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What is God saying to you and to others? What will future ministry and mission look like? What things need to remain the same? What changes do we need to embrace? In 2020 we invited New Zealand Baptists to reflect upon these questions in light of the Coronavirus Pandemic and to share their thoughts on the future. We’re now reproducing these reflections here for all to see and be inspired by!

These ‘SWOT’ words give a structure for analysing challenges so I’ve used them in thinking about the situation our NZ Baptist family face now in mid 2020: 

STRENGTHS: We are a movement of local churches, which means we can be nimble enough to embrace change if we want to. Our recent online efforts may have opened a new opportunity for us. We are known for our faith-filled activism and we are passionate for transformation. This is a great time to be us! 

WEAKNESSES: Historically our movement has thrived when facing an external foe, but we have also been too quick to have conflict when we lose focus. Trauma research indicates that after a crisis there is a sweet spot of unity, which often evaporates as traditional polarities strongly re-emerge. We must resist this danger at the moment! We must not descend into superstitious fearmongering when the world is troubled, but be found as faithful witnesses. We must not lose our passion for Jesus, for scripture, for prayer. Mistakenly thinking that it is all about finance. Mistaking ‘local’ for ‘independent’ when our ability to associate is a tremendous asset. 

OPPORTUNITIES: Social issues in our country will grow, and our movement has a tremendous thread of social activism within. Housing, foodbanks, youthwork, mental health provision all present new opportunities for the church. Maybe this is also one of those ‘molten moments’ where the search for meaning is being expressed by more people. We can speak and act in that space, especially through chaplaincy, social work, and pastoral care. Our sense of community has been a witness during lockdown, and we can continue to model loving relationships that others hunger for. 

THREATS: We need to keep our eyes on Jesus, to bury our egos, to be quick to listen, to humble ourselves in front of our opponents, and to unite for the sake of the kingdom that is coming. The greatest threat would be to hope for a return to ‘normal’ as it once was.

Contributor: Chris Chamberlain, Oxford Terrace Baptist Church



Read other reflections on the future of ministry and mission by New Zealand Baptists:

Fiona Beals; Grant Harris; Kate Dunstan-BrownHelen Geddes; Jonathan Edmeades; Cliff Thompson; Jamie Li; Dave Tims; Donna Denmead; Richardson Lau; Christine Saywell; Mike Crudge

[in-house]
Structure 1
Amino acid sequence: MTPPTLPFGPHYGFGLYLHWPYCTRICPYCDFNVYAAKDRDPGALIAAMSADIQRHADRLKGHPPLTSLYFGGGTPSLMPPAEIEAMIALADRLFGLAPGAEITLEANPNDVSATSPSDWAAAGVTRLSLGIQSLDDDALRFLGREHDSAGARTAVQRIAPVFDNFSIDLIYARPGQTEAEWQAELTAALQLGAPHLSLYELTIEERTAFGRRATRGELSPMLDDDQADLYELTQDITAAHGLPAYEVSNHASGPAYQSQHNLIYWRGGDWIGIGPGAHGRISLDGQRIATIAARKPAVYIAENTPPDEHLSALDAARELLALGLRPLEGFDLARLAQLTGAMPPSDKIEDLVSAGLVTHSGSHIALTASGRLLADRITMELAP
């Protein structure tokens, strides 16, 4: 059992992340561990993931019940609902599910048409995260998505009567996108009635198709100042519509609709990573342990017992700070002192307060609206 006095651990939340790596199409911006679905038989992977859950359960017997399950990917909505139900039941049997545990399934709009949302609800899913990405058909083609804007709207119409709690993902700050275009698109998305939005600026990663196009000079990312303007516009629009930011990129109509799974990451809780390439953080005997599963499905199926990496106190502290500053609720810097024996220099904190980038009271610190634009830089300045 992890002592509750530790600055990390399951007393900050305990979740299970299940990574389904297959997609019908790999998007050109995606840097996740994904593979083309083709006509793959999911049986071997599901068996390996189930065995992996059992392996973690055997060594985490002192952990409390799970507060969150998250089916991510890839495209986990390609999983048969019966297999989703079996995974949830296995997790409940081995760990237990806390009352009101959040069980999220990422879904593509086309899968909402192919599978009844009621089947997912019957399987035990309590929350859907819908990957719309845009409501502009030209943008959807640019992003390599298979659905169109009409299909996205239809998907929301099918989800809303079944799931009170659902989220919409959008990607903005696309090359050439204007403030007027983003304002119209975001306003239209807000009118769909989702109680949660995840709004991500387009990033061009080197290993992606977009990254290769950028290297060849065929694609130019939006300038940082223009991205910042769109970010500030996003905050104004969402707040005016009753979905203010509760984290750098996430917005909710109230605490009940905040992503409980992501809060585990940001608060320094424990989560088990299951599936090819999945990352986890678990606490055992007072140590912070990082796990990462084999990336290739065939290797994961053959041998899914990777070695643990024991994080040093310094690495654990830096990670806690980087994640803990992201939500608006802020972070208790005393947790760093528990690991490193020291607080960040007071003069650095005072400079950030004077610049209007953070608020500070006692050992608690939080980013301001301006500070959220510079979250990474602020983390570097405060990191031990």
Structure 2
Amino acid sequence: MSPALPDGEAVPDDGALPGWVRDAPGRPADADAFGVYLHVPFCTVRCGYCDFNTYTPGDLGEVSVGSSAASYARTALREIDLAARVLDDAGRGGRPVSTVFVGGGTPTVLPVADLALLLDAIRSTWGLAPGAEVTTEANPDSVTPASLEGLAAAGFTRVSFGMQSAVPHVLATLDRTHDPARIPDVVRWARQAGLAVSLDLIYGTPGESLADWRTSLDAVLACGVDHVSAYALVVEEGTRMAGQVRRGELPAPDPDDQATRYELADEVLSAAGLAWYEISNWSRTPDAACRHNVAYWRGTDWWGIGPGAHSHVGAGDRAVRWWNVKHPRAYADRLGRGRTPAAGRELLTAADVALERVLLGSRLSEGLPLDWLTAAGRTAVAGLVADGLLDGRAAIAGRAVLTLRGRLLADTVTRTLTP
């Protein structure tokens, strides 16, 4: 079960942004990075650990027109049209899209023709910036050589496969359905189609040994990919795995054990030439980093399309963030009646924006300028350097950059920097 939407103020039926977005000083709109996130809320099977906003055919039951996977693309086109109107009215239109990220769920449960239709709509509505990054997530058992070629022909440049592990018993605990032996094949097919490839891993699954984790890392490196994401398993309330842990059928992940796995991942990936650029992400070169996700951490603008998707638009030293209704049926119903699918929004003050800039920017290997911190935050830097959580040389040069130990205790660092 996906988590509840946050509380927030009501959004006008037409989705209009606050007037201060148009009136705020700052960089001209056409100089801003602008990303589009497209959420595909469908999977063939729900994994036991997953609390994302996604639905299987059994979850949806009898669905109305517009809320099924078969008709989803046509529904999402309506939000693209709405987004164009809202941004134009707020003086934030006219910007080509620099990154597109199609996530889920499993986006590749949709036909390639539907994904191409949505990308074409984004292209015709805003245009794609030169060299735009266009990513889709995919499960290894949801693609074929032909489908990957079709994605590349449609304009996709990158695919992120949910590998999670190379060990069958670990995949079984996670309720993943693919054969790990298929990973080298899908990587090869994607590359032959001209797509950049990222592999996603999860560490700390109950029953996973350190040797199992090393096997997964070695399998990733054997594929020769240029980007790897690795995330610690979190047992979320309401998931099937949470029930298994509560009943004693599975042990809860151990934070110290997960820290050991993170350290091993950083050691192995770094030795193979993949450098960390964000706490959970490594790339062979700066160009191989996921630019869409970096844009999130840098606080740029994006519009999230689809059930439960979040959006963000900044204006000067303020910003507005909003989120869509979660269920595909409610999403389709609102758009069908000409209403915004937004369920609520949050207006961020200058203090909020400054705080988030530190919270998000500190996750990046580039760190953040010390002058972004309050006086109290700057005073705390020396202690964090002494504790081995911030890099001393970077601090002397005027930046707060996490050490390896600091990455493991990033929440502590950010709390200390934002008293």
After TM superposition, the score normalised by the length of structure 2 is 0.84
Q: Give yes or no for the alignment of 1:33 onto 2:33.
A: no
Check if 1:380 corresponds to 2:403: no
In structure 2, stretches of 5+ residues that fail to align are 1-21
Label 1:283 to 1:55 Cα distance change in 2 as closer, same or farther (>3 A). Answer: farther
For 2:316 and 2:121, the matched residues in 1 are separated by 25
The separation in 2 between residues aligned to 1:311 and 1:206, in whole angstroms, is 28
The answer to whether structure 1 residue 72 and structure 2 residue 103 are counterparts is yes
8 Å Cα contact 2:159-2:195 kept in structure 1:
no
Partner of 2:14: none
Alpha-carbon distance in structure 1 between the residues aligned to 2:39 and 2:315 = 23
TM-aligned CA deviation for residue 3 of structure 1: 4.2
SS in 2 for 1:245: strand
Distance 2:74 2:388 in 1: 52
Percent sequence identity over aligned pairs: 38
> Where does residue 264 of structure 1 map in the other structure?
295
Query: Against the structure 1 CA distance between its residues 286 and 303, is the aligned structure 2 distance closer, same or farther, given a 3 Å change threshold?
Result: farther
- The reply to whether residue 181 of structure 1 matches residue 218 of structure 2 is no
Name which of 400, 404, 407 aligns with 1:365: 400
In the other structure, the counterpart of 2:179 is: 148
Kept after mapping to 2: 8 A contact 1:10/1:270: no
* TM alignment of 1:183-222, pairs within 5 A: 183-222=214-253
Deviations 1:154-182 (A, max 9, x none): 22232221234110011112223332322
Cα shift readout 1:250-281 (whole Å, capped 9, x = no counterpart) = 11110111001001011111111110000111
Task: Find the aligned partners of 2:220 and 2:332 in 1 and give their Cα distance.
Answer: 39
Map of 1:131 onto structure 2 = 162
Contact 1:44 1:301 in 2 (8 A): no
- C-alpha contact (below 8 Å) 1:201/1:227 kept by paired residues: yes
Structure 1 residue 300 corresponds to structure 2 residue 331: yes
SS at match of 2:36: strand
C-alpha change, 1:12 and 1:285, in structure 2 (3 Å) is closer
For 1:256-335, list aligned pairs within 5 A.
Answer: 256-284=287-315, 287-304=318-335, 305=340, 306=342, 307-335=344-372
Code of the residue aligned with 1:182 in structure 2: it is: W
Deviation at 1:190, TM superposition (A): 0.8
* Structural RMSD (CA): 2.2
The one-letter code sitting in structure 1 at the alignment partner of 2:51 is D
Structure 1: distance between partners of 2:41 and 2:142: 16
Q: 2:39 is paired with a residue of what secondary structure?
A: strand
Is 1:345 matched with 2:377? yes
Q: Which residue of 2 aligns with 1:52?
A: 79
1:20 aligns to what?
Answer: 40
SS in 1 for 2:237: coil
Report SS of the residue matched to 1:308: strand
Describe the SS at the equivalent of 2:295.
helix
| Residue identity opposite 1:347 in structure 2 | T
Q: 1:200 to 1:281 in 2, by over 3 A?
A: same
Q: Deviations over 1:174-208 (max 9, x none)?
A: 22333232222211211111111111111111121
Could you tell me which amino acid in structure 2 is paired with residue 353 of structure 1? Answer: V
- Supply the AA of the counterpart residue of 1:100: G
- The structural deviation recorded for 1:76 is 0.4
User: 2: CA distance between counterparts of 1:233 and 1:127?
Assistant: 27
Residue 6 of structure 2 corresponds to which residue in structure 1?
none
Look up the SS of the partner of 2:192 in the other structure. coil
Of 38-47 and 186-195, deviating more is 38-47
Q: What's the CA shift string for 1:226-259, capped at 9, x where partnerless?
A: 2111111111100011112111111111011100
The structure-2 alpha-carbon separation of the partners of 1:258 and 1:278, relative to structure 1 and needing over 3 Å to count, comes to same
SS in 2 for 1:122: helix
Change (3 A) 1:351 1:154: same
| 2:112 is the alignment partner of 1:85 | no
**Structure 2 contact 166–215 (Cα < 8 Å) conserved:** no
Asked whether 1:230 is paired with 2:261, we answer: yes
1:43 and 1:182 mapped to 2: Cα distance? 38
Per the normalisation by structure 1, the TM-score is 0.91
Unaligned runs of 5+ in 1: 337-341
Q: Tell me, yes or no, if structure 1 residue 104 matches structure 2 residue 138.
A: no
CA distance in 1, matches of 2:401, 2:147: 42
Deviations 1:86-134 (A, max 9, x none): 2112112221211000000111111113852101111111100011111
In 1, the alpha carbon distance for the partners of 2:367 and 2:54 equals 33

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What is God saying to you and to others? What will future ministry and mission look like? What things need to remain the same? What changes do we need to embrace? In 2020 we invited New Zealand Baptists to reflect upon these questions in light of the Coronavirus Pandemic and to share their thoughts on the future. We’re now reproducing these reflections here for all to see and be inspired by!

These ‘SWOT’ words give a structure for analysing challenges so I’ve used them in thinking about the situation our NZ Baptist family face now in mid 2020: 

STRENGTHS: We are a movement of local churches, which means we can be nimble enough to embrace change if we want to. Our recent online efforts may have opened a new opportunity for us. We are known for our faith-filled activism and we are passionate for transformation. This is a great time to be us! 

WEAKNESSES: Historically our movement has thrived when facing an external foe, but we have also been too quick to have conflict when we lose focus. Trauma research indicates that after a crisis there is a sweet spot of unity, which often evaporates as traditional polarities strongly re-emerge. We must resist this danger at the moment! We must not descend into superstitious fearmongering when the world is troubled, but be found as faithful witnesses. We must not lose our passion for Jesus, for scripture, for prayer. Mistakenly thinking that it is all about finance. Mistaking ‘local’ for ‘independent’ when our ability to associate is a tremendous asset. 

OPPORTUNITIES: Social issues in our country will grow, and our movement has a tremendous thread of social activism within. Housing, foodbanks, youthwork, mental health provision all present new opportunities for the church. Maybe this is also one of those ‘molten moments’ where the search for meaning is being expressed by more people. We can speak and act in that space, especially through chaplaincy, social work, and pastoral care. Our sense of community has been a witness during lockdown, and we can continue to model loving relationships that others hunger for. 

THREATS: We need to keep our eyes on Jesus, to bury our egos, to be quick to listen, to humble ourselves in front of our opponents, and to unite for the sake of the kingdom that is coming. The greatest threat would be to hope for a return to ‘normal’ as it once was.

Contributor: Chris Chamberlain, Oxford Terrace Baptist Church



Read other reflections on the future of ministry and mission by New Zealand Baptists:

Fiona Beals; Grant Harris; Kate Dunstan-BrownHelen Geddes; Jonathan Edmeades; Cliff Thompson; Jamie Li; Dave Tims; Donna Denmead; Richardson Lau; Christine Saywell; Mike Crudge

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